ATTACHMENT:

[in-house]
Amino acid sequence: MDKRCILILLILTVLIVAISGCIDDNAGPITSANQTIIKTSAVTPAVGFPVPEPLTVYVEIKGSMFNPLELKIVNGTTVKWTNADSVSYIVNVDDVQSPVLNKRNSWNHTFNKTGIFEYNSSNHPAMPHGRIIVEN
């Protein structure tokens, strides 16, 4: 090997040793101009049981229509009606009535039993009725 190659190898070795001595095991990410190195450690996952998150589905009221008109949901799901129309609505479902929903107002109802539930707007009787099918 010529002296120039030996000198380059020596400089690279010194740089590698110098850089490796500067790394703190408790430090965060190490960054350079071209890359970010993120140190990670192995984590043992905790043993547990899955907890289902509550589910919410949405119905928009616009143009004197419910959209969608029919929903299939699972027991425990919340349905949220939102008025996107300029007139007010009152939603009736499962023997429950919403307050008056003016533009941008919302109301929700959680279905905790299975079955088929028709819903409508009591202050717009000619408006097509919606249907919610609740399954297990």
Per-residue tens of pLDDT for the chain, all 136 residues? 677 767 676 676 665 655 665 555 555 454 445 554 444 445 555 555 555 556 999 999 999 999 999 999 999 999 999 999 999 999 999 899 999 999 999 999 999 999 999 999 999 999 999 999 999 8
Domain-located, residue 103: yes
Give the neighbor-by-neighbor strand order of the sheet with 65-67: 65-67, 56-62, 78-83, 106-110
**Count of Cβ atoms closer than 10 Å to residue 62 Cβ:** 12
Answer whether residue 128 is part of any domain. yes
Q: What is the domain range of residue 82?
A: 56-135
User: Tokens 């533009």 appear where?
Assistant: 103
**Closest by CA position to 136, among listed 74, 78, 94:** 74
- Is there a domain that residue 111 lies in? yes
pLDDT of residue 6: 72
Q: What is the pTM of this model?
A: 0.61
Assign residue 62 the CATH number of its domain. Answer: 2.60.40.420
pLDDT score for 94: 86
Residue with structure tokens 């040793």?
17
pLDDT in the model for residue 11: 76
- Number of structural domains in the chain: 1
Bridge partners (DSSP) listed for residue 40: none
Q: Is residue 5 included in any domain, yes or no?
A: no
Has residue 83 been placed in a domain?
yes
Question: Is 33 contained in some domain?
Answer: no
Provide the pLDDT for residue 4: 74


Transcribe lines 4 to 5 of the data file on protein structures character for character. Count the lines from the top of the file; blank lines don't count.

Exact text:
Per-residue tens of pLDDT for the chain, all 136 residues? 677 767 676 676 665 655 665 555 555 454 445 554 444 445 555 555 555 556 999 999 999 999 999 999 999 999 999 999 999 999 999 899 999 999 999 999 999 999 999 999 999 999 999 999 999 8
Domain-located, residue 103: yes